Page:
No passa cada dia que un fill et surti al diari The Guardian
, i encara menys que hi parli raonablement de la voluntat de lluitar perquè el teu país tingui un estat propi. Doncs vet aquí que, per un joc d’atzars, ha estat un dels joves de setze anys amb qui Jon Henley ha conversat sobre les eleccions de diumenge. Ho copio a continuació; l’original és aquí
, per si voleu afegir rèpliques tranquil·les i argumentades –ja ens en cal i en caldrà, de paciencia– als comentaris hispanohistèrics. […]
Catalonia tales: ‘Spain is like a father forbidding his son from leaving home’
As Catalonia prepares for a vote which could redraw the map of Spain, Jon Henley goes in search of ordinary people’s stories. Here he talks to young people and first-time voters
Catalonia independence: an interactive journey
Lots of people here compare Catalonia‘s relationship with Spain to that of a husband and wife in a marriage that – despite the best efforts of at least one of the parties involved – is simply no longer working. The best solution all round, they suggest, is an amicable divorce.
Helena has found a metaphor that speaks more eloquently to her. “Spain is like a strict father forbidding his teenage son from leaving home,” she says. “And what’s more, he’s telling him: ‘You must behave as I say, think like this, act like that. And while you’re at it, pay me a lot of money to live here.'”
One of a bunch of five articulate Catalan 16-year-olds that I met – thanks to the English teacher Anthony Eastwood – at the Barcelona library where they were revising for their exams, Helena feels the region’s push for independence is at least as much driven by Spanish intransigence as by Catalan desire.
“It feels like they’re pushing our culture down,” she says. “Trying to get us to be more Spanish. If they weren’t doing that, independence maybe wouldn’t feel as important.”
Meanwhile, says her friend Anna, Spain “just refuses to even try to listen or work things out; Catalonia has made all these suggestions and proposals and Spain is just not dealing with the situation at all. Which is crazy, because Spain needs us, economically, and they know that.”
Anna has her doubts about whether Catalonia will really be better off breaking away from Spain: “It helps us internationally; being a part of Spain should help us deal with being a small market across the world.”
Another friend, Aleix, says there are “plenty of people who believe independence is not the best solution, who think this is not a good time to be setting up barriers with Spain. It would be much better to reach a mutual understanding, hammer out a good agreement and avoid complete separation.”
But, points out Aniol, “if Spain really cared about Catalonia’s interests, we wouldn’t have this problem.” (The final member of the gang, Joan, repeats a popular Catalan gag: “If independence was really a bad thing, Spain would give it to us.”)
At any rate, things have now reached the point of no return. “There’s no middle way now,” says Aniol. “It has to be yes or no. There can’t be a deal; for years we’ve asked and now we’re just fed up.” Many of their generation – first-time voters in two years’ time – would back independence.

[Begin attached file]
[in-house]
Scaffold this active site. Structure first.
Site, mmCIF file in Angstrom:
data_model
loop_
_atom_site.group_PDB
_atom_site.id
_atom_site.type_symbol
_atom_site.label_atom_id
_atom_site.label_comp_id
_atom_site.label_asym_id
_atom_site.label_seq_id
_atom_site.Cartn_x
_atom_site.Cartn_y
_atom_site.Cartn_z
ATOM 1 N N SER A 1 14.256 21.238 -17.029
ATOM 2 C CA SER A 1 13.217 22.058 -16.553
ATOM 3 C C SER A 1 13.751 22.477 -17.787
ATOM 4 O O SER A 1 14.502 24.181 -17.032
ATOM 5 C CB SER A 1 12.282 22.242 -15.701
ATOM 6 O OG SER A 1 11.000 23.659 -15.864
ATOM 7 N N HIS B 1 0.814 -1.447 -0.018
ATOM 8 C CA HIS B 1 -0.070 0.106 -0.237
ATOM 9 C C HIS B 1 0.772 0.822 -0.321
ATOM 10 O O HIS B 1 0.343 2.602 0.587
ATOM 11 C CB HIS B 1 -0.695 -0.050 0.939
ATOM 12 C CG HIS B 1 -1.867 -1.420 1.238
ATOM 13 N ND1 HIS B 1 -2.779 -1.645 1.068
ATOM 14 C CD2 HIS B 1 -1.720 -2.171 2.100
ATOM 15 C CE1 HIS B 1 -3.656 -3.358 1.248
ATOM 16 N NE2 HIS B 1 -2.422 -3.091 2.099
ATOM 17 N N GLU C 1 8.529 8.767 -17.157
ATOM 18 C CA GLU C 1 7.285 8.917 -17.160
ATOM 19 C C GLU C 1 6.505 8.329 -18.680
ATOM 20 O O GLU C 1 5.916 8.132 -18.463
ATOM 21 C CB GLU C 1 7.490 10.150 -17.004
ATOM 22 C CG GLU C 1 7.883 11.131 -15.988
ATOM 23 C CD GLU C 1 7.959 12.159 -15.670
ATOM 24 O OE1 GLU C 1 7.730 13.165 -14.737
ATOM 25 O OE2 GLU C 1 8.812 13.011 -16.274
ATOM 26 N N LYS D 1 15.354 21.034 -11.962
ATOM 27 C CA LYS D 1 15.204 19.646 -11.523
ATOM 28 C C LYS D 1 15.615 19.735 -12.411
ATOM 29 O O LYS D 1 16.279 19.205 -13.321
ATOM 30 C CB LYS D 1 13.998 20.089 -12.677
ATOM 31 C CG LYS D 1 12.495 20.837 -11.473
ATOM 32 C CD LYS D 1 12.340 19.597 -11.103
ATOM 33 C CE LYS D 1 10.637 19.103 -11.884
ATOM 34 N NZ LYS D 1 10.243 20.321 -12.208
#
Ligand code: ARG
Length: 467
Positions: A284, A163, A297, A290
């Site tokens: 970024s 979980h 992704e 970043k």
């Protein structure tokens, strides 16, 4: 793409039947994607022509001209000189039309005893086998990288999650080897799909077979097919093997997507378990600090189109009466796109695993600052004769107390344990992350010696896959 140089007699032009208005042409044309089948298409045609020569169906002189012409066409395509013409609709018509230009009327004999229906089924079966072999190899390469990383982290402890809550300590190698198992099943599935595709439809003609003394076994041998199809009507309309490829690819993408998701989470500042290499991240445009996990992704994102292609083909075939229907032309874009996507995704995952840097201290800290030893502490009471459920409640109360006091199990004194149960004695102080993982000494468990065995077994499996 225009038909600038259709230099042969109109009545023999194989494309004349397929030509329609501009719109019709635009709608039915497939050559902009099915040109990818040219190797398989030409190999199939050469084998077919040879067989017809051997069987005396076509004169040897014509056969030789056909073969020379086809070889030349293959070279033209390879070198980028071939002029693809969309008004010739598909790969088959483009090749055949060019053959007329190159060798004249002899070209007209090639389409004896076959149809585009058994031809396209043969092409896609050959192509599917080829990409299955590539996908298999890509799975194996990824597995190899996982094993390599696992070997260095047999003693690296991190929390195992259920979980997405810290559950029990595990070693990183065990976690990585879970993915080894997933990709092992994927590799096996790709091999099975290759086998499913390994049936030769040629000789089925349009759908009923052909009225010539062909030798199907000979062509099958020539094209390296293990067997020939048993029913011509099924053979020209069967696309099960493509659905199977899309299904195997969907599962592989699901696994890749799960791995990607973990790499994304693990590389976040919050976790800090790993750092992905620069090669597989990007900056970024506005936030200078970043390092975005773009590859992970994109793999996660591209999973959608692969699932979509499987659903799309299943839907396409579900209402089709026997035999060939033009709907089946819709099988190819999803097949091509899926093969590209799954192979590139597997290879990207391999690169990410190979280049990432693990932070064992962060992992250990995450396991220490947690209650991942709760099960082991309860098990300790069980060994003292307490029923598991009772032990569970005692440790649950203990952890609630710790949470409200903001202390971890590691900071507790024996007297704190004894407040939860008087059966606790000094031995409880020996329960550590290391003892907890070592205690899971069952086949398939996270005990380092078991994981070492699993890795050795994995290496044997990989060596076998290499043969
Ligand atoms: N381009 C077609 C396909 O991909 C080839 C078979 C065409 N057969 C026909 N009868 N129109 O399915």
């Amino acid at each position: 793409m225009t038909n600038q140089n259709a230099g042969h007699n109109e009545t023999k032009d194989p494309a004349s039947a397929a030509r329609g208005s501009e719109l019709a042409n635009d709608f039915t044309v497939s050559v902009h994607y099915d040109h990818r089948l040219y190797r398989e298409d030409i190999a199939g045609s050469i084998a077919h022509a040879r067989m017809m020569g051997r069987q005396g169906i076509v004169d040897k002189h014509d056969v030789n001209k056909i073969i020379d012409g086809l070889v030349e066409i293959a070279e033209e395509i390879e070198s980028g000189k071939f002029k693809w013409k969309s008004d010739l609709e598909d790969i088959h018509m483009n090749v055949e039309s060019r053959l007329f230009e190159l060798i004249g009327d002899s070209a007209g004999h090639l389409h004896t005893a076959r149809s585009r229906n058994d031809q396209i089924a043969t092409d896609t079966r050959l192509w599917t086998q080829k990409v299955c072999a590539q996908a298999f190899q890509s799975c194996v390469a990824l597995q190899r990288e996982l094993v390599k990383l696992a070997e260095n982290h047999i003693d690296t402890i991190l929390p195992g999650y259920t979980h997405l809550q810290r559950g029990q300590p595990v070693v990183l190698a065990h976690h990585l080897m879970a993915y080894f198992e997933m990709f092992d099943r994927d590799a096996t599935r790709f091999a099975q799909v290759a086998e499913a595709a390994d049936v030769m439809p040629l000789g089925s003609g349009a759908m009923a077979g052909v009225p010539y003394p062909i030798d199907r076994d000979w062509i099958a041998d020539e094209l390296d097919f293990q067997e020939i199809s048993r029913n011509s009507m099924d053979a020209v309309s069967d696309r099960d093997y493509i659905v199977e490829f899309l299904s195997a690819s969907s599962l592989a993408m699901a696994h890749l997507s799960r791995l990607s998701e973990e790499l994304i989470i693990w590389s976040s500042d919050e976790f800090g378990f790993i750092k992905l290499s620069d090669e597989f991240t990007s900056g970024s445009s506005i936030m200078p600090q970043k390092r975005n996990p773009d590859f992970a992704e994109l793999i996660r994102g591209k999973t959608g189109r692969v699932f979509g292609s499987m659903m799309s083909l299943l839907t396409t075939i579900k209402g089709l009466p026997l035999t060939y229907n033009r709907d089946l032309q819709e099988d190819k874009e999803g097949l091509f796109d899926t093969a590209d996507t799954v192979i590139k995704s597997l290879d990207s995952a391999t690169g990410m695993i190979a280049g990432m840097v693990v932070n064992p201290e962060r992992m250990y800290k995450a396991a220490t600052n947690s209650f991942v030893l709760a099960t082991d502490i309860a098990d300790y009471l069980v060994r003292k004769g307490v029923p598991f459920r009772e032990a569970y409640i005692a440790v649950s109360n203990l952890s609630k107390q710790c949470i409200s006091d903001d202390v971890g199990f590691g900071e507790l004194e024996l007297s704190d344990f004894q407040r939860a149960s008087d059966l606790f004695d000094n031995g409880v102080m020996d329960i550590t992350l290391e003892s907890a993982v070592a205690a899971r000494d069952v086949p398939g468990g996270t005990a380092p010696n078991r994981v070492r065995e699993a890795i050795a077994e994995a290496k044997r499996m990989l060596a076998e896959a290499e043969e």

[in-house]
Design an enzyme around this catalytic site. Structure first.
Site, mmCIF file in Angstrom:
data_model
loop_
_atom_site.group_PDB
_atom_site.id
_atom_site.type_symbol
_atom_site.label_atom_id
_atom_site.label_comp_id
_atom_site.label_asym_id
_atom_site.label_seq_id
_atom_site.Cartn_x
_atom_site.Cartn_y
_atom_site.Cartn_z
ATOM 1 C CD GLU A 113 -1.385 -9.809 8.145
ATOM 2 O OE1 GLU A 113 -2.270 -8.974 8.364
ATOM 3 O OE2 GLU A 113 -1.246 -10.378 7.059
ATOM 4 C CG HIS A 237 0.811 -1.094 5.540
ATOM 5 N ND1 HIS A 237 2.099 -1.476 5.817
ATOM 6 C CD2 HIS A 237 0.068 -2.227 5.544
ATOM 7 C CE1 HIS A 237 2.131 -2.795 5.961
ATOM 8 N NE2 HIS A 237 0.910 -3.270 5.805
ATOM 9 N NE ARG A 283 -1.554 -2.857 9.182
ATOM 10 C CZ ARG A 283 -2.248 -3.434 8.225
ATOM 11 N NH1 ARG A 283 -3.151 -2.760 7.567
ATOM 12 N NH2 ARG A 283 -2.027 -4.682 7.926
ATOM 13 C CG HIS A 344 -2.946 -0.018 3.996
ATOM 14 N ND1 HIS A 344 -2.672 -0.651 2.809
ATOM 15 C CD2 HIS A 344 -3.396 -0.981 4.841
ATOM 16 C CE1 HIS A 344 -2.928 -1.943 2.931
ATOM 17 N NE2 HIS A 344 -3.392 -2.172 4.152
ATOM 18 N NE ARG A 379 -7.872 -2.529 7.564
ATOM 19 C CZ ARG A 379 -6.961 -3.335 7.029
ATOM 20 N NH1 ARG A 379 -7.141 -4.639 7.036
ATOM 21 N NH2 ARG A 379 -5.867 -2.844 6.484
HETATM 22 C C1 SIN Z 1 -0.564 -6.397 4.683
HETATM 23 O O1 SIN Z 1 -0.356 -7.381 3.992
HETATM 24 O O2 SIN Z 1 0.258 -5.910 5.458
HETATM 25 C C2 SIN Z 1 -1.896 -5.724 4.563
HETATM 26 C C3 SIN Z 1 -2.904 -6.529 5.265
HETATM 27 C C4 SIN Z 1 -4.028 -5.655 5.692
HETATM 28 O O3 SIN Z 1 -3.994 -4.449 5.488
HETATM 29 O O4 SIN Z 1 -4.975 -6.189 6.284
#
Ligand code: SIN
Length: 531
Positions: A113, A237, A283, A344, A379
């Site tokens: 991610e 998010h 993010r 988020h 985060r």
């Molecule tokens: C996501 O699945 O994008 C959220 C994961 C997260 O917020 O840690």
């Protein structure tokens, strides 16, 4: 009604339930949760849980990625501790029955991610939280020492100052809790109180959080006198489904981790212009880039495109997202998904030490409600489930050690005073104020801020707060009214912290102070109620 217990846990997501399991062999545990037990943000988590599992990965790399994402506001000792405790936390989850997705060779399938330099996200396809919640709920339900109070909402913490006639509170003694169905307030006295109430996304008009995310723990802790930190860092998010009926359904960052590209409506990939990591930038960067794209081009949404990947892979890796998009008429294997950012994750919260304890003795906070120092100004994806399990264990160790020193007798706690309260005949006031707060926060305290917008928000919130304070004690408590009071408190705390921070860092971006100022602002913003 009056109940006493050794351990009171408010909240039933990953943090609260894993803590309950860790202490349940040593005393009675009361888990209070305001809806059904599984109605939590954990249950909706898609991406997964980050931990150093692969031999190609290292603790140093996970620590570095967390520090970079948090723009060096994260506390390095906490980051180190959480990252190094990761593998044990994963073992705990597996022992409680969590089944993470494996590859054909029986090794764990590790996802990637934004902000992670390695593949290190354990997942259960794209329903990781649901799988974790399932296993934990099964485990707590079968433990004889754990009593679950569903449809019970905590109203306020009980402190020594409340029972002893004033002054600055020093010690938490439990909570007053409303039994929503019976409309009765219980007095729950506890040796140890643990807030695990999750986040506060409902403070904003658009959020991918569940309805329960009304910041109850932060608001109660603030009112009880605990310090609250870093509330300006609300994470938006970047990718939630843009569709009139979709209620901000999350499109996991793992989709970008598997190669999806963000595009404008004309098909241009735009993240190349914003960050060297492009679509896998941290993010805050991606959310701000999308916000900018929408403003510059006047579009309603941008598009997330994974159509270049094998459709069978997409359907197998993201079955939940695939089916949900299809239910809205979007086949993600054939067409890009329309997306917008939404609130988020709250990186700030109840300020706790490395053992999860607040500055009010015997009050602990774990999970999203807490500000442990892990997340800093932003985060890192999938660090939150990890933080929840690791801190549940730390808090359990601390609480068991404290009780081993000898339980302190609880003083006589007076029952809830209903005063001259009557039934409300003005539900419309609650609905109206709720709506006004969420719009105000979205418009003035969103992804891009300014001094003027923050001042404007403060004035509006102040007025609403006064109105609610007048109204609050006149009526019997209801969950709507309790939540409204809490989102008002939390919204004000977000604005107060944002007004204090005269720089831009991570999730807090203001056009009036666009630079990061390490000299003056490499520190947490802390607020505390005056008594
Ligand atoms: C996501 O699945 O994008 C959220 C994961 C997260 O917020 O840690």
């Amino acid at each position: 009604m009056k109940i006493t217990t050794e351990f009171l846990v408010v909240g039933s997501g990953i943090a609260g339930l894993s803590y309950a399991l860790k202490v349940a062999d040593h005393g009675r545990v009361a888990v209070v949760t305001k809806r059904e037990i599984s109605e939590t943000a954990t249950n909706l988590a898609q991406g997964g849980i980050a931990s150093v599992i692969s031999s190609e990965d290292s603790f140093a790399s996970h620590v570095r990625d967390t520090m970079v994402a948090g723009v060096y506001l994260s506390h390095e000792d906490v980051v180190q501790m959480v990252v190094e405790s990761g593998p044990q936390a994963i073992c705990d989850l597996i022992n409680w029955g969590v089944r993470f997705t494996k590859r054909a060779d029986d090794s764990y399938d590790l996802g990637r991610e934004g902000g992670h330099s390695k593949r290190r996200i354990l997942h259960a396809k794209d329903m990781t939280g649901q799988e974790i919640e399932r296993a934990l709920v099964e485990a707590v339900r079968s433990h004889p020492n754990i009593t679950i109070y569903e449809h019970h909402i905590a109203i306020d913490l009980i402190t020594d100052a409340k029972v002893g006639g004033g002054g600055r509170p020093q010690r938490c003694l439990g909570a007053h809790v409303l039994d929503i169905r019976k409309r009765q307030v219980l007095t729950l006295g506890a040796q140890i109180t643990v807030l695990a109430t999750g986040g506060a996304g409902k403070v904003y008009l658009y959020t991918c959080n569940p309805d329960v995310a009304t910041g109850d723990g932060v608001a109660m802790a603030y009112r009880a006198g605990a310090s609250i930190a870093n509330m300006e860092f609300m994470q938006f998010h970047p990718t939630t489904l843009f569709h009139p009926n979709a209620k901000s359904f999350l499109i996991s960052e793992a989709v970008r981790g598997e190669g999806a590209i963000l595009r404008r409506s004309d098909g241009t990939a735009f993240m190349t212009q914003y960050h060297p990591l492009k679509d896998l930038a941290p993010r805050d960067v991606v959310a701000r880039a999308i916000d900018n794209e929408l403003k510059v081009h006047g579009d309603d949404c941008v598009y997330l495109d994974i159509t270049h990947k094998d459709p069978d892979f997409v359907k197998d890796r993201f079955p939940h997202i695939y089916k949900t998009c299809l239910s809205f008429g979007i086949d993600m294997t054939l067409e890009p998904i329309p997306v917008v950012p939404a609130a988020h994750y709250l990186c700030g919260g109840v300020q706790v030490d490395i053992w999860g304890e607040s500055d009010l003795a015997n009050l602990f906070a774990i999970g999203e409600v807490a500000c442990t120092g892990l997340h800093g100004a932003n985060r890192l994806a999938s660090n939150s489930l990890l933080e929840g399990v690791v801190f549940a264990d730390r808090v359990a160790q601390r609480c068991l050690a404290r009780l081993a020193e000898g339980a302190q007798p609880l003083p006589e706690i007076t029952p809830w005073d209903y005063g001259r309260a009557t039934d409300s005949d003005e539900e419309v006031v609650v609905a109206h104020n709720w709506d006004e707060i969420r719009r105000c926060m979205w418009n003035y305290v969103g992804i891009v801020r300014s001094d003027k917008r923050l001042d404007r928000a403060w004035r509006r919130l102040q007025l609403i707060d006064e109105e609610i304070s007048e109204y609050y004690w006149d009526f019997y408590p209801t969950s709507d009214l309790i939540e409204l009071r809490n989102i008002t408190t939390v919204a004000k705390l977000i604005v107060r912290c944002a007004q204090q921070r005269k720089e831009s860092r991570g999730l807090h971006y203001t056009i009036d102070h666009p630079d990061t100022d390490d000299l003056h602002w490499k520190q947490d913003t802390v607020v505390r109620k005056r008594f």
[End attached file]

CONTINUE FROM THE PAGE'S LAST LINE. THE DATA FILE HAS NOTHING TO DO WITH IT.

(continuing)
“There is a bandwagon,” says Helena. “A lot of people our age hadn’t really thought about this at all. Now they’re suddenly confronted with ‘yes or no’ – and of course they say yes. I think we need to continue to fight for our rights and aim for independence. But we must realise it isn’t the most important thing in the world, and it wont solve all our problems. Our politicians aren’t perfect either.”
On the other side of town a few hours later are a group of first-year international relations students who will be able to vote on Sunday – for the first time in their lives.
“I’ve been 18 for a week,” says Pat Rubio, unable to contain her excitement. “What a time to get the vote!” For her, independence is “my dream. I don’t feel connected to Spain. To have our own state, to be able to say, I’m Catalan, from Catalonia … It’s very hard to change anything in Spain. So independence is a chance to build something really new.”
Paula Pardo wants a bit more detail. “Yes, I think independence is a good objective,” she says. “But it needs to be planned. We need to know not just where we’re heading, but what it will look like. A lot more needs to be worked out, carefully, before we jump. Will we land on our feet, or our hands, or our face? I won’t be voting pro-independence yet.”
Jordi Falcon has no such doubts. “I’m on the centre-right, and I used to be anti-independence,” he says. “But in the end, you run out of arguments for unity. You get exhausted; you can’t keep on defending the indefensible. I think it’s best now that we leave Spain and build our own country. It certainly helped that about the time I was reaching that conclusion, I was in Madrid in a taxi, speaking on the phone to my mother – and the driver threw me out of the cab because we were talking Catalan.”
Nuria Masdeu, a mature student from a long line of Catalan activists (she has relatives who were jailed for the cause), also knows how she will vote. She has trouble these days, she says, writing “Spanish” on forms that ask her nationality.
Catalonia, Nuria says, is “not asking for the moon. We just want a referendum. This is supposed to be a democratic country. And you can’t plan for everything; you’re dealing with emotions here. How soon will independence come? I don’t know. But my gran is 93, and she says she’s not going till it happens.”